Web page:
Help:IPA for Nahuatl

From Wikipedia, the free encyclopedia
Jump to: navigation, search

The charts below show the way in which the International Phonetic Alphabet (IPA) represents Nahuatl pronunciations in Wikipedia articles. This pronunciation guide is based on the phonology of Classical Nahuatl, and is not valid for many contemporary Nahuatl dialects.

Phoneme Spelling English approximation
Consonants[1]
ʔ h[2] the catch in "oh-oh"
j y yellow
k qu,[3] c[4] scan
cu,[5] uc[4] squeak
l l[2] leave (not dark l as in "dull")
m m man
n n[6] nose
p p span
s c,[3] z[4] sack
ʃ x shoe
t t stand
t͡ɬ tl no English equivalent
t͡ʃ ch choo
t͡s tz cats
w hu[5], uh[4] won
Phoneme Spelling English approximation
Vowels
a a bra
ā (long a)
e e met
ē mate
i i city
ī see
o o go[7]
ō go
Stress
ˈ Primary stress on penultimate syllable (placed before the stressed syllable)
Nahuatl has four possible syllable clusters CVC, CV, VC and V[8][9]
example: CVC-CVC-CV tlal-huac-tli[8]
Modern & Variant Orthography[10]
Modern Variant
Huītzilopōchtli, xiuhpōhualli Vītzilopōchtli, xiuhpōvalli
huīpīlli, huei teocalli uīpīlli, uei teocalli
aztecah, azo, zaoc, za açtecah, aço, çaoc, ça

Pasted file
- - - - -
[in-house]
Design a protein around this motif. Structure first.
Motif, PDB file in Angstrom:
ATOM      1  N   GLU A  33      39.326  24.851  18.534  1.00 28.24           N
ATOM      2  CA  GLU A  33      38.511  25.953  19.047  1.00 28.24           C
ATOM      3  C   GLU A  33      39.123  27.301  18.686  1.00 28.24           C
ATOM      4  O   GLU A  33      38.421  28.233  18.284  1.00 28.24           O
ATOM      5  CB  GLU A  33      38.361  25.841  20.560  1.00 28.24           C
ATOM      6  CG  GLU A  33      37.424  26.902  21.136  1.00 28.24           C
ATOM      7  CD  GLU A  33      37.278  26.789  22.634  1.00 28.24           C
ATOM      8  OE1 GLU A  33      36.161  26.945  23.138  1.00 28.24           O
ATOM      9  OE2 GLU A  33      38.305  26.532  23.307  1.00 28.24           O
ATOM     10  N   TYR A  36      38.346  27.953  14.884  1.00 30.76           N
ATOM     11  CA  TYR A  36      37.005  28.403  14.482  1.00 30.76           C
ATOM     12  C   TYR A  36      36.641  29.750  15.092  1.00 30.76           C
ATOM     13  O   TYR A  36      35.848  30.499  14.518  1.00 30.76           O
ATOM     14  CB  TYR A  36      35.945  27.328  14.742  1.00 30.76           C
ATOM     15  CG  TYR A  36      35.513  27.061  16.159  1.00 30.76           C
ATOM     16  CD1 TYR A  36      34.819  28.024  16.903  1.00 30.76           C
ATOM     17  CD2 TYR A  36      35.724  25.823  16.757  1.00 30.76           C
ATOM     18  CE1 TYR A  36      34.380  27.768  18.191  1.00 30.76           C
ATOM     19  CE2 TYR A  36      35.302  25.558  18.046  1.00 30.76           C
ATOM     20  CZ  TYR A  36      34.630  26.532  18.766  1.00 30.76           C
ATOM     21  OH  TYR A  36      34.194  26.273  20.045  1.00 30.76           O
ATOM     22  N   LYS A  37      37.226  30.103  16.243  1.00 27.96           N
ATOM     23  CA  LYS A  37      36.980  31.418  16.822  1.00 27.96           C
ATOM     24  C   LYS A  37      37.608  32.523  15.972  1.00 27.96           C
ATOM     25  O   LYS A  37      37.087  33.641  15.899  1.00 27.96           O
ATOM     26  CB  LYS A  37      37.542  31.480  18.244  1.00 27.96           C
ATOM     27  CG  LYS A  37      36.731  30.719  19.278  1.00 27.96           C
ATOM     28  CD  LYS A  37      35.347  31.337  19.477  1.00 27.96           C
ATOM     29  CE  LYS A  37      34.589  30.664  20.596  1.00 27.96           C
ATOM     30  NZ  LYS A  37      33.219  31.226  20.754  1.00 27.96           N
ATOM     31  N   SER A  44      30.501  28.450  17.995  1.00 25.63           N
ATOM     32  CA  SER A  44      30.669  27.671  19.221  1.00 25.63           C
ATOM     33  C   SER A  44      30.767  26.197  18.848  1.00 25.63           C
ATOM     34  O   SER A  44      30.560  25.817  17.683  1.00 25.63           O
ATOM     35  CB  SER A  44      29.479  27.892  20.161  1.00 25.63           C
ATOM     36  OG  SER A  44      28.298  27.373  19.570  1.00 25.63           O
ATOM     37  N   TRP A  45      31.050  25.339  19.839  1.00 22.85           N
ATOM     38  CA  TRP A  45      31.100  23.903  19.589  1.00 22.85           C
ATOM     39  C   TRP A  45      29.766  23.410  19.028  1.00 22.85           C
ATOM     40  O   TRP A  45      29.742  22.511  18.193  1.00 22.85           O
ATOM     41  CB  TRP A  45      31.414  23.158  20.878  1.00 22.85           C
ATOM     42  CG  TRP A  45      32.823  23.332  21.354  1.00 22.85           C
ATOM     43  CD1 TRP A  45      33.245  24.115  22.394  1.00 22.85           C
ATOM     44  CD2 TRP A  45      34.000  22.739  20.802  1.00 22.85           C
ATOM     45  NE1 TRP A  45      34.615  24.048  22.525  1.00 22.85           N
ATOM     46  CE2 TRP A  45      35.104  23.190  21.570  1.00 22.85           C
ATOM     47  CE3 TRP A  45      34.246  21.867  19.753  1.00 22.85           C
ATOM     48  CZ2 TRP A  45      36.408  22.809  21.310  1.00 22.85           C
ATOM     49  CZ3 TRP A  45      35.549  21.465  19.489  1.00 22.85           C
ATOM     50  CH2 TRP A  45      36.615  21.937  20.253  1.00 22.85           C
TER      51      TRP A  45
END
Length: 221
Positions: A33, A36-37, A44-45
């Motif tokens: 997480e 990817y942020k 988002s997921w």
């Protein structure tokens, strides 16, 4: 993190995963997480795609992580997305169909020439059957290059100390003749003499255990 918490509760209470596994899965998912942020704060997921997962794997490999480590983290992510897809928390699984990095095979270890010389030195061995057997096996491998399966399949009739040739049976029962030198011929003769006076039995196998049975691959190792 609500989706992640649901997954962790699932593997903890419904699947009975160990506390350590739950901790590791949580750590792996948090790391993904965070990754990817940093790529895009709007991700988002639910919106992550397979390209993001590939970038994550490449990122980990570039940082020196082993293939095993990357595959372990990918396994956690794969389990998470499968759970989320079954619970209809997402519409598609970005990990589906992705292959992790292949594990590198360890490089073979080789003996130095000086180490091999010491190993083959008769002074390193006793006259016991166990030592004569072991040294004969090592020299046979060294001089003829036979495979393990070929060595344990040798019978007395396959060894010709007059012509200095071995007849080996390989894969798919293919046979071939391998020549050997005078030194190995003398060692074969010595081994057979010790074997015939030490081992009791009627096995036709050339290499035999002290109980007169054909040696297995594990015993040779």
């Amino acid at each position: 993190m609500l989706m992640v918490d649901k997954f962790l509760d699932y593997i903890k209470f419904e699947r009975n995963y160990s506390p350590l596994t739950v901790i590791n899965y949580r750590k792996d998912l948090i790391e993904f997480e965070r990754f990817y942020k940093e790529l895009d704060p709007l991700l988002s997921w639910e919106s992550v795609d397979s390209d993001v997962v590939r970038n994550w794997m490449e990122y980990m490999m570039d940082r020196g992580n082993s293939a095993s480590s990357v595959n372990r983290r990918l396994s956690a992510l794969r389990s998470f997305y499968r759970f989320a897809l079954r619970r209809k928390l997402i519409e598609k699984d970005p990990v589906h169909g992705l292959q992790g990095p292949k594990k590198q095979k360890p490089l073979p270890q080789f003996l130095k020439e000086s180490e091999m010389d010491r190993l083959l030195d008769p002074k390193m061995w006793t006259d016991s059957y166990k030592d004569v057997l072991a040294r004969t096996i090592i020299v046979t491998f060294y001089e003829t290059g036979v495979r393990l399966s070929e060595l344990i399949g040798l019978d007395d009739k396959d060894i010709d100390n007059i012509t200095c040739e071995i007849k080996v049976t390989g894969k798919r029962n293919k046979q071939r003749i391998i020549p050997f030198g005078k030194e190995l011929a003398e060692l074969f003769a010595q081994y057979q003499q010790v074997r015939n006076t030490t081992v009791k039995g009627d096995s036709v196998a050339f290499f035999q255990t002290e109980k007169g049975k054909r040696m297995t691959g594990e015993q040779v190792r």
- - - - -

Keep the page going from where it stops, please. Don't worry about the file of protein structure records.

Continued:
iyo, in, ipan, itzcuīntli yyo, yn, ypan, ytzcuīntli
cuahuitl, macuahuitl quahuitl, maquahuitl
tlahtohqueh tlàtòquê

Notes[edit]

  1. ^ Consonants can be geminated, including /l/ (spelled as ll, but not pronounced as in Spanish) (Andrews 2003, p. 33).
  2. ^ a b No Nahuatl words begin with an /l/ or a glottal stop /ʔ/ (Andrews 2003, p. 29; Karttunen 1992, p. XI).
  3. ^ a b Before e and i.
  4. ^ a b c d All other cases.
  5. ^ a b Before vowels.
  6. ^ The "n" is Nahuatl's most weakly pronounced consonant (Lockhart 2001, p. 112).
  7. ^ The Nahuatl /o/ doesn't quite line up with any English vowel, though the nearest equivalents are the vowel of coat (for most English dialects) and the vowel of saw.
  8. ^ a b Canger, U. Ochpaniztli and Classical Nahuatl syllable structure. University of Copenhagen.
  9. ^ Nahuatl words cannot start or end with two consonants. Only Nahuatl verbs can end in two vowels (Lockhart 2001, pp. 120-121).
  10. ^ Andrews 2003, p. 655-658

Sources[edit]

  • Andrews, J. Richard (2003). Introduction to classical Nahuatl (rev. ed.). Norman, OK: University of Oklahoma Press. pp. 24–38. ISBN 0-8061-3452-6. 
  • Karttunen, Frances (1992). An analytical dictionary of Nahuatl. Norman, OK: University of Oklahoma Press. ISBN 0-8061-2421-0. 
  • Launey, Michel (2011). Mackay, Christopher, ed. An Introduction to Classical Nahuatl. Cambridge University Press. pp. 4–5. 
  • Lockhart, James (2001). Nahuatl as written: lessons in older written Nahuatl, with copious examples and texts (Orig. print ed.). Stanford, CA: Stanford University Press [u.a.] ISBN 0-8047-4282-0.